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Discussion Starter · #1 ·
Can anyone identify the vessel icebound in Ice Road Truckers TV series on History Channel?
It looks like an old survey vessel.
She has red hull and white superstructure.
Thanks
 

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Greetings lochluichart, I believe its a tug boat and its on the Meckenzie River. I put a thread request on IRT forum so may find the name soon.
by going to "History.com/iceroadtruckers" you can find out all you ever wanted to know about IRT and were afraid to ask. This is a great site with lots of video and info. Regards Pat.
 

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Discussion Starter · #4 ·
Pat,
Thanks for the reply, I'll be interested to see what info comes up.
Stern of her does not look like a tug though, anyway we shall see.
Cheers
 

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Greetings Lochluichart, The ship in question I have been informed is DEWSASTER. I don't have any more infor on her. Hope this helps, Regards Pat.
 

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Discussion Starter · #6 ·
Pat,
Thanks. Done a quick search on Google but can find nothing.
I'll try checking deeper for more info.
Cheers(Thumb)
 

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I noticed that the vessel appears on the Inuvik town web-site onchored on the Mackenzie River.
I have e-mailed the mayors office requesting as much info as they can provide, name, use and how it is taken in and out of the river when ice forms and thaws.
Hopefully the lack of tourists at this time of the year will give them enough free time to answer.
Bob
 

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Discussion Starter · #11 ·
I was pretty sure that she was an ex-seismic vessel from the stern views.
I previously worked for GSI,(Geophysical Services Inc) who at one time owned the Mariner. I never saw her as she was always in Canada and was taken out of the water at the end of the season. The original GSI was taken over by Halliburton in mid 80's. company was reborn in 1992 and this link is to company website www.geophysicalservice.com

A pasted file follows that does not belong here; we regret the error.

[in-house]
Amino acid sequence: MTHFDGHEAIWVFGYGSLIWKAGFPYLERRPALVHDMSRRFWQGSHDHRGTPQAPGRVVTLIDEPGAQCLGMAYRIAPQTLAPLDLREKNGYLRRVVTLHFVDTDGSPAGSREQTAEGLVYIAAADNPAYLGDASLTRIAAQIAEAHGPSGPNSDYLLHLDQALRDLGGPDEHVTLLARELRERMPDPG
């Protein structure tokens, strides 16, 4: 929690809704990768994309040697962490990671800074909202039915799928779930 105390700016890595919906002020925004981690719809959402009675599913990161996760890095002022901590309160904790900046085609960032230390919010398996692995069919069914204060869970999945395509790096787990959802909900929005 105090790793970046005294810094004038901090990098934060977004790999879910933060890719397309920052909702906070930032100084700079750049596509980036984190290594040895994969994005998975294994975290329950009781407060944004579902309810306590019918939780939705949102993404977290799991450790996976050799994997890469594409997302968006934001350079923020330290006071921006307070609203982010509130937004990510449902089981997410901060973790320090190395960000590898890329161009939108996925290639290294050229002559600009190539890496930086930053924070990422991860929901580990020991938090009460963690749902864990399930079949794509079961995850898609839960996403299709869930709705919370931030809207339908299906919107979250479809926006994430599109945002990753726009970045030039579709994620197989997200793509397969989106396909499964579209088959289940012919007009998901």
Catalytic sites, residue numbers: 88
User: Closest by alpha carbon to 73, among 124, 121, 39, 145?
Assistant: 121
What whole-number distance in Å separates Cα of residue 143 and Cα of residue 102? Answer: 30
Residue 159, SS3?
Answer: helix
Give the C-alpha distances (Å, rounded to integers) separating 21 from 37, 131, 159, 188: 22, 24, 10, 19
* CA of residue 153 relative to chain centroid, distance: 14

Thanks to all contributors.
 

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I served two summers on the GSI Mariner as a part of the seismic crew in the "doghouse" operating the electronics equipment (DFS V). We did seismic surveys on the Beaufort Sea. I saw her on the show, Iceroad Truckers, and couldn't believe it! She was very small and had a draft of only 5 feet. Our home port was normally Tuk during operations, and then at the end of the season I was told they took her up towards Inuvik. I was never on the start crew or the end of the season crew. Working on the Beaufort was fantastic; at times the sea would be as calm as a bathtub making a sunset or rise even more spectacular.
 

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I served two summers on the GSI Mariner as a part of the seismic crew in the "doghouse" operating the electronics equipment (DFS V). We did seismic surveys on the Beaufort Sea. I saw her on the show, Iceroad Truckers, and couldn't believe it! She was very small and had a draft of only 5 feet. Our home port was normally Tuk during operations, and then at the end of the season I was told they took her up towards Inuvik. I was never on the start crew or the end of the season crew. Working on the Beaufort was fantastic; at times the sea would be as calm as a bathtub making a sunset or rise even more spectacular.
Your first post Dave . Welcome to the site ; enjoy the trip . I was only in Tuk once ( 1979) having sailed on Kigoriak from Saint John New Brunswick . Derek
 

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GSI Mariner

I served two summers on the GSI Mariner as a part of the seismic crew in the "doghouse" operating the electronics equipment (DFS V). We did seismic surveys on the Beaufort Sea. I saw her on the show, Iceroad Truckers, and couldn't believe it! She was very small and had a draft of only 5 feet. Our home port was normally Tuk during operations, and then at the end of the season I was told they took her up towards Inuvik. I was never on the start crew or the end of the season crew. Working on the Beaufort was fantastic; at times the sea would be as calm as a bathtub making a sunset or rise even more spectacular.
My Father was Captain on the GSI Mariner up until 1983
 
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